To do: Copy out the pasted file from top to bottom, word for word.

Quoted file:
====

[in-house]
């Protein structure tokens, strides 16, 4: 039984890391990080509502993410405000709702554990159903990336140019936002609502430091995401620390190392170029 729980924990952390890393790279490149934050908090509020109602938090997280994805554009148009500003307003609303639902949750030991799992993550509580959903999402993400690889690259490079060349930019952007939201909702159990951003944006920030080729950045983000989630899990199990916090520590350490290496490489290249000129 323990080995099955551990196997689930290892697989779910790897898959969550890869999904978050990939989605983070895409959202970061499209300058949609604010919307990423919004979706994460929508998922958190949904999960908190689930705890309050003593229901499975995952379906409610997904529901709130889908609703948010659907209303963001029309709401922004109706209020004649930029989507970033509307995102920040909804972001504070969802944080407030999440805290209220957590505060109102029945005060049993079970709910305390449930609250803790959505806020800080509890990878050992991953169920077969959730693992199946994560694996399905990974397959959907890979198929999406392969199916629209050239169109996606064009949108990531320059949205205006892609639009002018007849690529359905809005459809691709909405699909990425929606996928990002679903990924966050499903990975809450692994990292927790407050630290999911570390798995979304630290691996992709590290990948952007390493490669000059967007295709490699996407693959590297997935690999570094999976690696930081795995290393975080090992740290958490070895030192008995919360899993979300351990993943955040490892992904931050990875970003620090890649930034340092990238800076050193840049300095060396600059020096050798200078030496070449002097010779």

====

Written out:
[in-house]
């Protein structure tokens, strides 16, 4: 039984890391990080509502993410405000709702554990159903990336140019936002609502430091995401620390190392170029 729980924990952390890393790279490149934050908090509020109602938090997280994805554009148009500003307003609303639902949750030991799992993550509580959903999402993400690889690259490079060349930019952007939201909702159990951003944006920030080729950045983000989630899990199990916090520590350490290496490489290249000129 323990080995099955551990196997689930290892697989779910790897898959969550890869999904978050990939989605983070895409959202970061499209300058949609604010919307990423919004979706994460929508998922958190949904999960908190689930705890309050003593229901499975995952379906409610997904529901709130889908609703948010659907209303963001029309709401922004109706209020004649930029989507970033509307995102920040909804972001504070969802944080407030999440805290209220957590505060109102029945005060049993079970709910305390449930609250803790959505806020800080509890990878050992991953169920077969959730693992199946994560694996399905990974397959959907890979198929999406392969199916629209050239169109996606064009949108990531320059949205205006892609639009002018007849690529359905809005459809691709909405699909990425929606996928990002679903990924966050499903990975809450692994990292927790407050630290999911570390798995979304630290691996992709590290990948952007390493490669000059967007295709490699996407693959590297997935690999570094999976690696930081795995290393975080090992740290958490070895030192008995919360899993979300351990993943955040490892992904931050990875970003620090890649930034340092990238800076050193840049300095060396600059020096050798200078030496070449002097010779």